viernes, 17 de enero de 2014

Susan Sontag y Leo Strauss

INTERVIEWER: Tell me something about your education.

SUSAN SONTAG: All in public schools, quite a number of them, each one more lowering than the one before. But I was lucky to have started school before the era of the child psychologists. Since I could read and write, I was immediately put into the third grade, and later I was skipped another semester, so I was graduated from high school—North Hollywood High School—when I was still fifteen. After that, I had a splendid education at Berkeley, then at the so-called Hutchins College of the University of Chicago, and then as a graduate student in philosophy at Harvard and Oxford. I was a student for most of the 1950s and I never had a teacher from whom I didn’t learn. But at Chicago, the most important of my universities, there were not just teachers I admired but three to whose influence I gratefully submitted: Kenneth Burke, Richard McKeon, and Leo Strauss.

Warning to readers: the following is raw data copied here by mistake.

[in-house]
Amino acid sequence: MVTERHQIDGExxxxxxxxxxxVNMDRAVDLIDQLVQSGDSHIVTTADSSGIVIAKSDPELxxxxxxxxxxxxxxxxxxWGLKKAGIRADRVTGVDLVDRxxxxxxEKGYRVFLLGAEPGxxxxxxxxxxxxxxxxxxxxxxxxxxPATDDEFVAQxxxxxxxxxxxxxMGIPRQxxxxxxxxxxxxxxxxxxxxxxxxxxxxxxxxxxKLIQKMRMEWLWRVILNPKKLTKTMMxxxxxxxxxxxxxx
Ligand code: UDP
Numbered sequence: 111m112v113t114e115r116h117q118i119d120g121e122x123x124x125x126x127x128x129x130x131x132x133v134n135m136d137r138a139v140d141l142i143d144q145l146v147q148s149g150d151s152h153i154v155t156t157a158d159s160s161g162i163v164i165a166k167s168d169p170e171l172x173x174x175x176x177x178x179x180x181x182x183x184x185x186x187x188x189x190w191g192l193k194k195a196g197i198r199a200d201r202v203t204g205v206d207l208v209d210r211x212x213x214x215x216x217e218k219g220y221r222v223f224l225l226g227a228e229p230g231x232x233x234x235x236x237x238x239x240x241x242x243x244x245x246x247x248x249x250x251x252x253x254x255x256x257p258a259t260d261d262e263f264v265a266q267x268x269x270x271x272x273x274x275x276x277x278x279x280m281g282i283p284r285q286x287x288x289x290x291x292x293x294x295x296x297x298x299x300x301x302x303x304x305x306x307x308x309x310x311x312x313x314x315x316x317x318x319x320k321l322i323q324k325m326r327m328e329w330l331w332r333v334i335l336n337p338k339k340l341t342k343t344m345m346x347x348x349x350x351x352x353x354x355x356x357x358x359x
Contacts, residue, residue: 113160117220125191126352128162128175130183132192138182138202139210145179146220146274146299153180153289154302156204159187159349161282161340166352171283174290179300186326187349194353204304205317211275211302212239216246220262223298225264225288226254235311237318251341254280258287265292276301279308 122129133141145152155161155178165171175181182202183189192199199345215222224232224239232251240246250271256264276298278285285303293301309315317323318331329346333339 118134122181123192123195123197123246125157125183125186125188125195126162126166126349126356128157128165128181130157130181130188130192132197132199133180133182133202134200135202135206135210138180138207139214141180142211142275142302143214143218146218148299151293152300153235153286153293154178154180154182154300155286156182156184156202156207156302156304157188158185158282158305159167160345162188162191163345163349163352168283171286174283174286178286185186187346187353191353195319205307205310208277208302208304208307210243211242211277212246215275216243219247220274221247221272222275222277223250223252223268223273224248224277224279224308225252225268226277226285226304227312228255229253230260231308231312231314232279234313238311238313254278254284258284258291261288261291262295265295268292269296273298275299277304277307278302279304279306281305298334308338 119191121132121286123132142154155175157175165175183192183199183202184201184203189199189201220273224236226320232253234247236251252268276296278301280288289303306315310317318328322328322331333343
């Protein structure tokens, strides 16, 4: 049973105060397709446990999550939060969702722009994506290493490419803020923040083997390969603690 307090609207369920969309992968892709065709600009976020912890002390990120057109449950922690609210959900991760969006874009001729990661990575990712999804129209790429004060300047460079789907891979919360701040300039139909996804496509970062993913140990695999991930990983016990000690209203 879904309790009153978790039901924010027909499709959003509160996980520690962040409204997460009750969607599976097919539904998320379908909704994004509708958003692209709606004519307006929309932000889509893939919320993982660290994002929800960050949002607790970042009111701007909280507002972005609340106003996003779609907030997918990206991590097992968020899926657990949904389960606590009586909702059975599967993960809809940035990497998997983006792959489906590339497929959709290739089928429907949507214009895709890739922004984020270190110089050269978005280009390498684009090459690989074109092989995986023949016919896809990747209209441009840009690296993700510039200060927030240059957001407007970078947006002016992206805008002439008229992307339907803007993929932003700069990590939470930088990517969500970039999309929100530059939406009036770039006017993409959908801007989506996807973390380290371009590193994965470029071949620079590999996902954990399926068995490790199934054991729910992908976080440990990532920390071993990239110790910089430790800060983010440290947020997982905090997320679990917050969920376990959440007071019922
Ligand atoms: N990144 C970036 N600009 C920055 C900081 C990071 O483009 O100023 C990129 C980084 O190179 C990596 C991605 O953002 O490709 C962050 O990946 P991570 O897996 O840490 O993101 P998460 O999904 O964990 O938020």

3 comentarios:

  1. "I never had a teacher from whom I didn’t learn"
    Chica lista.

    ResponderEliminar
  2. Exacto, las chicas listas son las que aprenden incluso de quienes nada pueden enseñarle. De los alumnos inteligentes que he tenido siempre me ha parecido que aprendían a pesar de mí, pero no a mi pesar. No me extraña que incluya a Leo Strauss, lo sorprendente sería que, habiendo sido alumna suyo, no lo hiciera. ¿Qué le enseñó? Algo elemental: aprender a leer sin prejuicios y con rigor y espíritu crítico. ¿Qué más se puede pedir?

    ResponderEliminar
  3. ¡Oh, alguien que está agradecida a sus maestros! Esto ya no pasa. Ahora, como la moda es decir que acompañamos a los alumnos y ellos aprenden solitos, hay poco que agradecer. Yo también aprendí de mis maestros y, como soy maestra, espero que mis alumnos puedan decir lo mismo.

    ResponderEliminar